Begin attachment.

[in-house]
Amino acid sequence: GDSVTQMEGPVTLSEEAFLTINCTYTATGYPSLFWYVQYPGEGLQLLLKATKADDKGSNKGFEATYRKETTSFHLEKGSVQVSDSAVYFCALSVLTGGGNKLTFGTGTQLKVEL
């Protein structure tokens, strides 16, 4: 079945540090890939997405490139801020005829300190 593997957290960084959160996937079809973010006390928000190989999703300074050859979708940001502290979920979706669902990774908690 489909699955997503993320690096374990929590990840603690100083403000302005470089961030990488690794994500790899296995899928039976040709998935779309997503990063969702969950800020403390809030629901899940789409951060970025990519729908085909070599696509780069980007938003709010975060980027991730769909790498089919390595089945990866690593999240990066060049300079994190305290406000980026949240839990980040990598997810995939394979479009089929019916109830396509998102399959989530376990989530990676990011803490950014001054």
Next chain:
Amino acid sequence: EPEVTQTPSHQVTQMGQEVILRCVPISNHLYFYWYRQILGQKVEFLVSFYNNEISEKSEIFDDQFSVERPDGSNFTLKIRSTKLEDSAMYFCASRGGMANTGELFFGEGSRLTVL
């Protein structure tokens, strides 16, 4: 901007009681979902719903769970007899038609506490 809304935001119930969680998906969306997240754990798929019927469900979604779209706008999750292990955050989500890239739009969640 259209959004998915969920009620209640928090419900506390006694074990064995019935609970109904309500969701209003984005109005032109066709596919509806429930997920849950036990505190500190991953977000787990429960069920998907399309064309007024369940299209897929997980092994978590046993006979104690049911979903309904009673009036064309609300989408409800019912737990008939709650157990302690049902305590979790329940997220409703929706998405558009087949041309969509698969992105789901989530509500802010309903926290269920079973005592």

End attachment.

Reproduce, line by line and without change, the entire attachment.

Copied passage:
[in-house]
Amino acid sequence: GDSVTQMEGPVTLSEEAFLTINCTYTATGYPSLFWYVQYPGEGLQLLLKATKADDKGSNKGFEATYRKETTSFHLEKGSVQVSDSAVYFCALSVLTGGGNKLTFGTGTQLKVEL
């Protein structure tokens, strides 16, 4: 079945540090890939997405490139801020005829300190 593997957290960084959160996937079809973010006390928000190989999703300074050859979708940001502290979920979706669902990774908690 489909699955997503993320690096374990929590990840603690100083403000302005470089961030990488690794994500790899296995899928039976040709998935779309997503990063969702969950800020403390809030629901899940789409951060970025990519729908085909070599696509780069980007938003709010975060980027991730769909790498089919390595089945990866690593999240990066060049300079994190305290406000980026949240839990980040990598997810995939394979479009089929019916109830396509998102399959989530376990989530990676990011803490950014001054």
Next chain:
Amino acid sequence: EPEVTQTPSHQVTQMGQEVILRCVPISNHLYFYWYRQILGQKVEFLVSFYNNEISEKSEIFDDQFSVERPDGSNFTLKIRSTKLEDSAMYFCASRGGMANTGELFFGEGSRLTVL
């Protein structure tokens, strides 16, 4: 901007009681979902719903769970007899038609506490 809304935001119930969680998906969306997240754990798929019927469900979604779209706008999750292990955050989500890239739009969640 259209959004998915969920009620209640928090419900506390006694074990064995019935609970109904309500969701209003984005109005032109066709596919509806429930997920849950036990505190500190991953977000787990429960069920998907399309064309007024369940299209897929997980092994978590046993006979104690049911979903309904009673009036064309609300989408409800019912737990008939709650157990302690049902305590979790329940997220409703929706998405558009087949041309969509698969992105789901989530509500802010309903926290269920079973005592």